Tracey Walser Nugent '84 P'15, front center, said she 'takes such pride in Elon and its traditions.'
For many of the alumni, the opportunity to participate in the historic event was a “great honor,” said Ira “Ike” Credle ’83. “It makes me feel like my alma mater appreciates the genuine love I’ve demonstrated in promoting Elon as a premier institution for developing leaders in our global society over these last 35 years. I am proud to be an alumnus and honored to participate in this historic inauguration of a great leader like Dr. Book.”

When Nolan Elingburg ’11 G’12 was a student at Elon, he was able to experience a class with Book, who was associate provost of academic affairs at the time. “Dr. Book taught me at Elon and I could not be happier to see her become the first female president in school history,” he said. “Today is a great day for our Elon community and university, and I know there will be many more to come during Dr. Book’s tenure.”

Brian Feeley, director of alumni engagement, thanked the 69 alumni at a luncheon prior to the inauguration. “In all of the diverse ways we seek to better ourselves in concert with others, we are Elon,” Feeley said, quoting Chaplin Emeritus Richard McBride who retired in 2009. “Each of us honoring each other’s contributions to create and recreate the Elon that will live long.”

Philip Rodriguez '17 and Arielle Watkins '18 were the youngest alumni and at the end of the 'Long Maroon Line.'
For Feeley, that’s what the Long Maroon Line represents. “The collective spirit of we and what we will accomplish together,” he said.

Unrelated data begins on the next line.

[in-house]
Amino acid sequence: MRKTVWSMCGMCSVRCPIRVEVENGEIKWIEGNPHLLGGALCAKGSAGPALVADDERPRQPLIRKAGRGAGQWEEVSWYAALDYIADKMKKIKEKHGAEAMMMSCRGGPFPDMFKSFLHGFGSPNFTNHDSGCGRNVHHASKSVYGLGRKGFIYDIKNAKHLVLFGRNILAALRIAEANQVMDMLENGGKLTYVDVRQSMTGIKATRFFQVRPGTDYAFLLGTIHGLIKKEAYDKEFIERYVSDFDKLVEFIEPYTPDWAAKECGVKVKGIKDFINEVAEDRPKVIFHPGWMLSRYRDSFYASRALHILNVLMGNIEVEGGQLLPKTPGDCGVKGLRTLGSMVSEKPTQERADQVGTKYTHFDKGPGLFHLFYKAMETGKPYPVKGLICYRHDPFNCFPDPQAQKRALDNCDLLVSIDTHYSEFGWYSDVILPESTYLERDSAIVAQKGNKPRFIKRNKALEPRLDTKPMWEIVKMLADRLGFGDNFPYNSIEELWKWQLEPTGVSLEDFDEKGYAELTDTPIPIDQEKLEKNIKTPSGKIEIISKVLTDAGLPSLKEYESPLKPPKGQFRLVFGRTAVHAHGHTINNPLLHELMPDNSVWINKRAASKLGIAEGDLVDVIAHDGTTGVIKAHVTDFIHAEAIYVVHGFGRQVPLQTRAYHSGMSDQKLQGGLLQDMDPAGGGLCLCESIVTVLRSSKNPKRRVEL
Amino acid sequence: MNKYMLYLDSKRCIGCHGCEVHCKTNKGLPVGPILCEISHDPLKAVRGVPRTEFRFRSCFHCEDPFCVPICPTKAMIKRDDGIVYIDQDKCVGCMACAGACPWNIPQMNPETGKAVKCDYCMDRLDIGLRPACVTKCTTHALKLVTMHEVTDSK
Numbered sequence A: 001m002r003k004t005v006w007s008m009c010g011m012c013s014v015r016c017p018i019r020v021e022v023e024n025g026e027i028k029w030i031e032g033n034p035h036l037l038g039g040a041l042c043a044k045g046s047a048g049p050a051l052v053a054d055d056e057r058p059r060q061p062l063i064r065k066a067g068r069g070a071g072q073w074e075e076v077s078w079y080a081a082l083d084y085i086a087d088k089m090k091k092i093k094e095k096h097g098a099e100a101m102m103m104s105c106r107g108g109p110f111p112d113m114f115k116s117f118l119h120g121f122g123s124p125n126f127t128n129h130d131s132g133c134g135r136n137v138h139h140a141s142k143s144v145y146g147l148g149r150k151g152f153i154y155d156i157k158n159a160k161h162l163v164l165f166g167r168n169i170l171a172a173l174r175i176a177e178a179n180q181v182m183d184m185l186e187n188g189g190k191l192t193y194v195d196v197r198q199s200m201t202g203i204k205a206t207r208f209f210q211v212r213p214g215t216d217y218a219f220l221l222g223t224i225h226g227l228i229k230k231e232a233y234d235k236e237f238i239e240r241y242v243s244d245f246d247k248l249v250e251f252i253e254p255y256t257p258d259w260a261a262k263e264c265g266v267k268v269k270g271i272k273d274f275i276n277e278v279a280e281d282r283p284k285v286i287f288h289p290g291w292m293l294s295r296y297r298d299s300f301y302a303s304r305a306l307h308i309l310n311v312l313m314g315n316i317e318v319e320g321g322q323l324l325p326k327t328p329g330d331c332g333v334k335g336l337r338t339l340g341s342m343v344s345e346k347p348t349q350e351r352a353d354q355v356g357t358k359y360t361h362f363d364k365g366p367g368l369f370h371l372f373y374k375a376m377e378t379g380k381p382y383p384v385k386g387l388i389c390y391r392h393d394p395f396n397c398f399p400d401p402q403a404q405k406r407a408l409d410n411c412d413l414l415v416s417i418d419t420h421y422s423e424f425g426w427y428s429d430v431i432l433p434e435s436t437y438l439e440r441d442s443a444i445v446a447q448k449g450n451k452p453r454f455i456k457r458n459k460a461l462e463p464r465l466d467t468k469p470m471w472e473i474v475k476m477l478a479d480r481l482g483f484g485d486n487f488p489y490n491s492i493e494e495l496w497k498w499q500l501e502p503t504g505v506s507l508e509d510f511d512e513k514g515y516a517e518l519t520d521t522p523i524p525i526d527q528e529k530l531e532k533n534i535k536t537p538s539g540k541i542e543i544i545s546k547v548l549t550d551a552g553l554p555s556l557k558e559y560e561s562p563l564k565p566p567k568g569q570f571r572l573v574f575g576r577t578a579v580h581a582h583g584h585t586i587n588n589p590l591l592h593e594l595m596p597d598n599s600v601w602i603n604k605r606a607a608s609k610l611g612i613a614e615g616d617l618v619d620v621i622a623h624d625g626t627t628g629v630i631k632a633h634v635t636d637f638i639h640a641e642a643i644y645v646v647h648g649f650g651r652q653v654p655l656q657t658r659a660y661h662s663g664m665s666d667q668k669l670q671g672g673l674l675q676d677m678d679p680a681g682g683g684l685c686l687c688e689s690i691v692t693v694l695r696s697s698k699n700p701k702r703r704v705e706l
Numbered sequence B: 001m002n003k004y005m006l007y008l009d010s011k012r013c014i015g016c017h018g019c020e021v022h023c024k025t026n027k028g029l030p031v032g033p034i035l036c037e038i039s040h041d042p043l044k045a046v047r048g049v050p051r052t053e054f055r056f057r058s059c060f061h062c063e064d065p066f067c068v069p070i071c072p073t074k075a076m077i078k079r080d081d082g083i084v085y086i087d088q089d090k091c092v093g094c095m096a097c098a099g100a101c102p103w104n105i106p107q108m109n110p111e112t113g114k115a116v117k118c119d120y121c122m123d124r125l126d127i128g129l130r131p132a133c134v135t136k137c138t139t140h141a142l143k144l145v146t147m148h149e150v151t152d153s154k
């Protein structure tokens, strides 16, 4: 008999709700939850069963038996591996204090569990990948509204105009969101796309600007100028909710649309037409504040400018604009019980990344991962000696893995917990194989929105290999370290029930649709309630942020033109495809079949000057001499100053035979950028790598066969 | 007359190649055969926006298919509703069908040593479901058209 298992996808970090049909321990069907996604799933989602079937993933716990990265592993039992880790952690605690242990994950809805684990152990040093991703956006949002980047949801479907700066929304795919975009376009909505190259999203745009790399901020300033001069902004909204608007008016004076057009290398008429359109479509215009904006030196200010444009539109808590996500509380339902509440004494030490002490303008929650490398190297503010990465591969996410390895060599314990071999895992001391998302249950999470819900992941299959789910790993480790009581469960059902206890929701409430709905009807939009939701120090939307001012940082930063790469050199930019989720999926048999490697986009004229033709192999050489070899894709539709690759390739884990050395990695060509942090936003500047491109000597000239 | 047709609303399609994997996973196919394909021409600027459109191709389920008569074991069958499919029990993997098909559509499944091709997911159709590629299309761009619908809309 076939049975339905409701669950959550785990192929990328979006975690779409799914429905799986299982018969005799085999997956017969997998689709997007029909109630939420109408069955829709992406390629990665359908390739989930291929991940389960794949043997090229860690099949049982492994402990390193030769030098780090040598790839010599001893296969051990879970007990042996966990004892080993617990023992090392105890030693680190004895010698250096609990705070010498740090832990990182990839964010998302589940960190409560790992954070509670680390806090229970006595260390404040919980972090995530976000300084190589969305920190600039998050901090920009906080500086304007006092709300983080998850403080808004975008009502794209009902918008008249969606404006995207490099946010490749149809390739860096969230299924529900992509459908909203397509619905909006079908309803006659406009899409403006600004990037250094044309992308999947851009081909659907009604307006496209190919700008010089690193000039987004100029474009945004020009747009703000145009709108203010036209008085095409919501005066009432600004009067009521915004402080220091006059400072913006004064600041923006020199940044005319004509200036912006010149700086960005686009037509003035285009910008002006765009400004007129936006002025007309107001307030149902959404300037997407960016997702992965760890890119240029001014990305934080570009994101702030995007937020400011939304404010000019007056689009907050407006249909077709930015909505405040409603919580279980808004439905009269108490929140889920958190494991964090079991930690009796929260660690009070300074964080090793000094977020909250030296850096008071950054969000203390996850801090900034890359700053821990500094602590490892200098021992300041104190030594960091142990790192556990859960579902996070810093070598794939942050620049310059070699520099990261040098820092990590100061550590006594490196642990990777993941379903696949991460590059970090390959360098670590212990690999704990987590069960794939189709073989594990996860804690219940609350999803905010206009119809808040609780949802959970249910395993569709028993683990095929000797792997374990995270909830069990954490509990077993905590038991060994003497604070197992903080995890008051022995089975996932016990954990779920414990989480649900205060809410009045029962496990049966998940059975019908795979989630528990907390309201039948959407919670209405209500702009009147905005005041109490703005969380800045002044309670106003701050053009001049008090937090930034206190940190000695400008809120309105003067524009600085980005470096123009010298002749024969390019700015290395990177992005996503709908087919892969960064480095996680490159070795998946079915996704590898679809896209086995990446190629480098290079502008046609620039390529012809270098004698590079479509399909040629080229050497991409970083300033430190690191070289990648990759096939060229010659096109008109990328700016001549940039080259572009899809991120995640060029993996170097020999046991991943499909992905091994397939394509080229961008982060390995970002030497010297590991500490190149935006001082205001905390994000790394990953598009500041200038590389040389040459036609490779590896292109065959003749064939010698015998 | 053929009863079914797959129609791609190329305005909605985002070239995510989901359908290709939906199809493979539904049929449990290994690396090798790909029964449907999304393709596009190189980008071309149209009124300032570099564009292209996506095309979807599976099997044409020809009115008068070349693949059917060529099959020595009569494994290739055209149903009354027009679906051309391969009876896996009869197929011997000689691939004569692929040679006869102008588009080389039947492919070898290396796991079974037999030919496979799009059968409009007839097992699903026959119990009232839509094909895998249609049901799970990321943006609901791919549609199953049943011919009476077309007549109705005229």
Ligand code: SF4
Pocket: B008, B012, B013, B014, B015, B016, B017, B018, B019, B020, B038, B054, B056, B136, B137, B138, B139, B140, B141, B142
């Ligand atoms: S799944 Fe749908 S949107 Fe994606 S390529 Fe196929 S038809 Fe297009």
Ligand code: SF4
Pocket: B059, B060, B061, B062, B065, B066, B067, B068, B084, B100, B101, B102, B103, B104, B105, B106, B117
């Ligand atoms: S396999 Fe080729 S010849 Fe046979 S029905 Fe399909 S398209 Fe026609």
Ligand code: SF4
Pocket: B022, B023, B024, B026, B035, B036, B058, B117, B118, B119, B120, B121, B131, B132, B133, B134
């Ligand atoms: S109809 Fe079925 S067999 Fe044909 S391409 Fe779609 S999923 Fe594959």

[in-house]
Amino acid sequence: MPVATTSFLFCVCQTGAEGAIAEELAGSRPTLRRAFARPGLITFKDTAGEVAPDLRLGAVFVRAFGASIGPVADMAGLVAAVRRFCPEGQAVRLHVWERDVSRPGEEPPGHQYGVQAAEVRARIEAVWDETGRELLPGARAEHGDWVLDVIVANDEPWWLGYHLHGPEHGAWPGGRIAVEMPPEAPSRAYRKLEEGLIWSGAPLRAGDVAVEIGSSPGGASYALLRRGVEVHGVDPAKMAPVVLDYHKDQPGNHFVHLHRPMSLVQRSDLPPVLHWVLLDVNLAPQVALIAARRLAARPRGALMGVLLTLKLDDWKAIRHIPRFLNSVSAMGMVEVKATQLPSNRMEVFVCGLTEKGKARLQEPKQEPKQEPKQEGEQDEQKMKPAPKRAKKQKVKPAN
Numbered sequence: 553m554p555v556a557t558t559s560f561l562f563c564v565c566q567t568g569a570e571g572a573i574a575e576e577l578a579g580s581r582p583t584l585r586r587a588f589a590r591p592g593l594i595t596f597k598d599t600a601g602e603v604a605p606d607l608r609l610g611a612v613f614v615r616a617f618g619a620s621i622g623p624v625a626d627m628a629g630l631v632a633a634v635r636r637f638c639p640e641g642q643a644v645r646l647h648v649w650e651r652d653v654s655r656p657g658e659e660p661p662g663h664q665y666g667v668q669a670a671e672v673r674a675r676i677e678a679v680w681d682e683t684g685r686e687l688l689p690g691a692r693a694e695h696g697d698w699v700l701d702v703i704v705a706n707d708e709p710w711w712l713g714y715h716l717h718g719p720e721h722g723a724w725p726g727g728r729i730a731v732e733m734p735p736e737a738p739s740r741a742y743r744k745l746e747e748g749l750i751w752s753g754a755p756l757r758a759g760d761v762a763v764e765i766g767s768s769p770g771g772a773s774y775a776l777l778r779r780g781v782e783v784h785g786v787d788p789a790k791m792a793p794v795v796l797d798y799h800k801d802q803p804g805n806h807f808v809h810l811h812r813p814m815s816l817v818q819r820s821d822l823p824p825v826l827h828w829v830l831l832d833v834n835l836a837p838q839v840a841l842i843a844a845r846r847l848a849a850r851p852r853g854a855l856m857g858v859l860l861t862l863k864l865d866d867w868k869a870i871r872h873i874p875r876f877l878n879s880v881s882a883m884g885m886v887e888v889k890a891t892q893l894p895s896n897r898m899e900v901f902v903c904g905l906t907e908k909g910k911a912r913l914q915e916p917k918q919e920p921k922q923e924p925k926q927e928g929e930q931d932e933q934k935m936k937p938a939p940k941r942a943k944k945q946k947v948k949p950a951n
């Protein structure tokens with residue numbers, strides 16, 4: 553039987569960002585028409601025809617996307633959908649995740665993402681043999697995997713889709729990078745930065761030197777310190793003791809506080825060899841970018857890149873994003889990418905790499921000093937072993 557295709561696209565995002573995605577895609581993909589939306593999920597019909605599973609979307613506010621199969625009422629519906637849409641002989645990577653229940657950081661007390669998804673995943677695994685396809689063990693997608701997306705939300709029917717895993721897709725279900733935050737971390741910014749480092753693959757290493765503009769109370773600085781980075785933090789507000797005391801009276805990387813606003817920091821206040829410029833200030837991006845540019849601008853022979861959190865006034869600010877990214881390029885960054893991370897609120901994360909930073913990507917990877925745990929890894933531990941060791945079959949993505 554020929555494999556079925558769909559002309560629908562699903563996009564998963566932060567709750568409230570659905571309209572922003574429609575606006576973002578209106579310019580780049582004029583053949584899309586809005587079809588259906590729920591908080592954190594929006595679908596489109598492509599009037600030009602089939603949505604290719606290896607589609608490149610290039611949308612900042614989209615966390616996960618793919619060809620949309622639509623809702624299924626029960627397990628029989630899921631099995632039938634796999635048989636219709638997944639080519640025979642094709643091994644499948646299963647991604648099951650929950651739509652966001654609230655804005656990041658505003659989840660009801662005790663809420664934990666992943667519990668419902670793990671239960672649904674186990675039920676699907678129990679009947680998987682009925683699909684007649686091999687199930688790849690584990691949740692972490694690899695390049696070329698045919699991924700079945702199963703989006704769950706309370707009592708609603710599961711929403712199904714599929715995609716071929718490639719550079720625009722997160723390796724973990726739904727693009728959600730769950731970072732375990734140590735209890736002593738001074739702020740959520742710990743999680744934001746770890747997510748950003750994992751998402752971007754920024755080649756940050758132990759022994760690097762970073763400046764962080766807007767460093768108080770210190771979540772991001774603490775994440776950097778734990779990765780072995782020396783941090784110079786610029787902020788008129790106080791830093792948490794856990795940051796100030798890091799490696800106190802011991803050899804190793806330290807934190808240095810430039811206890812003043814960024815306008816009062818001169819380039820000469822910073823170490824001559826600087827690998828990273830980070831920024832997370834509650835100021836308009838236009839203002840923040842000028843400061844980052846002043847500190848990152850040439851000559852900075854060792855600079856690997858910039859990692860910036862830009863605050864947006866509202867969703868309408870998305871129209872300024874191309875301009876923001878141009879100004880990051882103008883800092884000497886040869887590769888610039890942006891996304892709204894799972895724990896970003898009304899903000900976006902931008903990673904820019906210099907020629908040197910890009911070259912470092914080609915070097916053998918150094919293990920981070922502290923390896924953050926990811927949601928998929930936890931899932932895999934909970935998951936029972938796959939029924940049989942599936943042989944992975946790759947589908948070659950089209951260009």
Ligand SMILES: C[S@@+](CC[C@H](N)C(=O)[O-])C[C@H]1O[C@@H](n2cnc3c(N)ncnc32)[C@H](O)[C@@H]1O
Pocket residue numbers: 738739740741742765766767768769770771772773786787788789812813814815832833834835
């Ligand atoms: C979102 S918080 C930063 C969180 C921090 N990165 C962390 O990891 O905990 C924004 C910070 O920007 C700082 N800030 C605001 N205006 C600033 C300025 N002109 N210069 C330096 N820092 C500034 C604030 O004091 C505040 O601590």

Members of the “Long Maroon Line of Alumni”

Charlie Kernodle ’38 P’72
Mildred Johnson Erlacher ’49
Jim Drummond ’50
George Shackelford ’51
Phil Mann ’54
Mary Sue Colclough Mann ’55
George Nall ’56
Dick Simpson ’57
Don DeSarro ’58
Jim McCauley ’59
Don Blalock ’60 P’92
Glenda Isley Blalock ’61 P’92
Della Marie Vickers McKinnon ’62
Linda Clark Kelley ’63
Gail Hettel LaRose ’64
Bill Maness ’65
Nancy Turner Watson ’66
Sam Troy ’67
Bobbie Ippolito Morrison ’68
Sam W. Story, Jr. ’69
Wade Williamson ’70
Rich McGeorge ’71 P’00
David Moore ’72
Kathy Streeter Morgan ’73
Mark Smith ’74 P’07
Raymond Beck ’75
Daryl Ingold ’76

Dana Miller Hester ’77
Doug Cox ’78
Grayson Whitt ’79 P’08 P’09
King White ’80
Leon Proffitt ’81
Hunt Ward ’82 P’11
Ike Credle ’83
Tracey Walser Nugent ’84 P’15
Sue Hoggard Rich ’85
Darryl Smith ’86 P’21
Rick Barnes ’87
Patricia McDowell Brewer ’88 P’16
David Hibbard ’89
Karen Cain-Henderson ’90
Kathryn Frith Richardson ’91
Sallie Hutton Sistare ’92
John Denning ’93

Thad Gulliford ’94
Priscilla Awkard ’95
Trey Foy ’96
Rich Nowalk ’97
Lee Leckie ’98
Jenn Bonnell Nowalk ’99
Kristen Nastasia ’00
Charlie Cooper ’01

Joe Keener ’02
Christian Wiggins ’03
Renita Leak Webb ’04
Zack Pund ’05
Britten Ginsburg Pund ’06
Jeremy Allen ’07
Webb Bond ’08
Dorian Wanzer ’09
Brandon Helton ’10
Nolan Elingburg ’11 G’12
Hannah Wachtmeister ’12
Leslie Johnson ’13
Meredith Citty ’14
Allison Fox ’15
Sophie Ritter ’16
Philip Rodriguez ’17
Arielle Watkins ’18